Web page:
The company makes custom-designed & handcrafted cabinets and has 40 employees. They’ve been in business for more than  30 years, and they’ve been at their current location for the past seven.

“We can’t just close and come back later, that’s a disaster,” said I&E Cabinets owner Izzie Chlomovitz sitting in his office.

His wife, Ettie, agrees.

“It’s devastating,” she said of Metro’s move. “Our business is 10,000 square feet. We have large machinery. To move a business like this is not easy. I’ve got contracts with state and federal with deadlines and if we don’t comply we get fined.”

A look into their shop gives a clear view of the difficulty of moving.

Enormous machines are positioned in different points of the shop, where employees cut and mold wood at different stages. The machines are bolted to the floor; to move them, they must be disassembled and assembled again. The last time they moved, Chlomovitz said it cost them hundreds of thousands of dollars and nearly two months to get back in full swing.

There are other difficulties, they note.

“Landlords don’t want to rent to a cabinet maker,” Chlomovitz said.

That’s partly due to the fire insurance they must carry because of all the flammable products. They also require a certain amount of space and height for their shop. And given actual real estate prices, that’s a pretty penny.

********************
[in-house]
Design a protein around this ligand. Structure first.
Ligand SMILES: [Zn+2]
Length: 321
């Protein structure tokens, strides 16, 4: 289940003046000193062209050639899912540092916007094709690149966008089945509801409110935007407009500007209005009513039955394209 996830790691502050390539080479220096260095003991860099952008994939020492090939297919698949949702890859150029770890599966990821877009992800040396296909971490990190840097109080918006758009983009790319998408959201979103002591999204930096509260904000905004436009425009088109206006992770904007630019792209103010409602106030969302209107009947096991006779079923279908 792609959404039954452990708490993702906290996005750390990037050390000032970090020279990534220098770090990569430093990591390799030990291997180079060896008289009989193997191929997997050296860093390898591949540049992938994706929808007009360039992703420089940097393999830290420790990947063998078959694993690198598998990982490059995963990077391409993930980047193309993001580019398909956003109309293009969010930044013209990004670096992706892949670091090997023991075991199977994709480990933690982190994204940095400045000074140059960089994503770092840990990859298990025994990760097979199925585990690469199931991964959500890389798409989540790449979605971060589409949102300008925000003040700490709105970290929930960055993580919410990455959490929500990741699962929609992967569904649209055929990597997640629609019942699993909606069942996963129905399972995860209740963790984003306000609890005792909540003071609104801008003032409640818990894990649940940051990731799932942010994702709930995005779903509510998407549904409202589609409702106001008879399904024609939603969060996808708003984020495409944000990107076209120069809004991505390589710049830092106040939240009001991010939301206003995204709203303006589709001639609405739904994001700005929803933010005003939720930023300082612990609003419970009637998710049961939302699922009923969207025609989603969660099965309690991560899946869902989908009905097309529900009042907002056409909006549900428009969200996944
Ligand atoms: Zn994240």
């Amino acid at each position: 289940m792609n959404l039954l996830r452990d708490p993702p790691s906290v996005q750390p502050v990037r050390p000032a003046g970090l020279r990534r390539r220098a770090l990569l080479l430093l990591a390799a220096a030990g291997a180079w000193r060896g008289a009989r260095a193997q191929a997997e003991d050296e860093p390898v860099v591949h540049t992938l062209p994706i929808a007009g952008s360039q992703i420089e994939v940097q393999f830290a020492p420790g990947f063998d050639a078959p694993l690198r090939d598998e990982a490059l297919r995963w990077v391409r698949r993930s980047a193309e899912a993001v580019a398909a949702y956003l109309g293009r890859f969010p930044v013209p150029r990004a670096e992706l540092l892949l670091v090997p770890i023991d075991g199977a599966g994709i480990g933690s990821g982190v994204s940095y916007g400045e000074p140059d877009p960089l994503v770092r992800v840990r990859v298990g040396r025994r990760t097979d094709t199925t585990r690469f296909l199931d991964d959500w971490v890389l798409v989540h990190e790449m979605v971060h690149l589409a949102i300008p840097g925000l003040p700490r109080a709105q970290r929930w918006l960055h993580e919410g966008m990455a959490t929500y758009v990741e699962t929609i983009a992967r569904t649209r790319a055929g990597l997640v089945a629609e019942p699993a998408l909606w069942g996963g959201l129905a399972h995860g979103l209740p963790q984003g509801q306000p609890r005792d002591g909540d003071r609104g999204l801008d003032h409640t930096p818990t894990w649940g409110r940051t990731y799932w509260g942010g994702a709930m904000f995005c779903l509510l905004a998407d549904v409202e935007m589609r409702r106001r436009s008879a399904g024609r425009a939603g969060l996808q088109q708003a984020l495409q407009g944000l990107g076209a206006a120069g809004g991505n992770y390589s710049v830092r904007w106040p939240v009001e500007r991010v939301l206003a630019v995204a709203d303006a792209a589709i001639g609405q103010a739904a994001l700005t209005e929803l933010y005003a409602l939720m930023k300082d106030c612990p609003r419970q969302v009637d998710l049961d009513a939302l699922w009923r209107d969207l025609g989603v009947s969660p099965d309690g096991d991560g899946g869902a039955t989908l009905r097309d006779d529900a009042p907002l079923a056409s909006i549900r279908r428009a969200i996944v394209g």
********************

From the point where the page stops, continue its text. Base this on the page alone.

“To relocate to a similar location it’s going to be impossible,” he says.

And to one nearby the current shop will be harder.

All of their employees, and even the Chlomovitzs themselves, live nearby and find the location suitable, as they are near marble stores and businesses with whom they do business and trade clients.

Even worse, Ettie said, Metro officials never notified them about their plans. She said they only found out about two months ago when someone else told them.

Metro had three options for the rail yard, including one that would have meant the least impact to businesses, but they decided to go with the second choice, something the Chlomovitzs don’t understand.

They even went to the Metro Board meeting last week when the vote was taken on the project to try to voice their concern, but that meeting went so long they ended up leaving.

Sotero contends they did inform the businesses, held several meetings to let them know about the plans, and that this was the best solution for all involved.

He added that Metro will work with the businesses to help them relocate to other nearby areas, and those businesses would be eligible for relocation fees. Metro Boardmember Sheila Kuehl also asked staffers to look into creating a fund to compensate business owners for disruptions caused by construction of the line.

The Chlomovitz’s and other businesses would certainly need that help.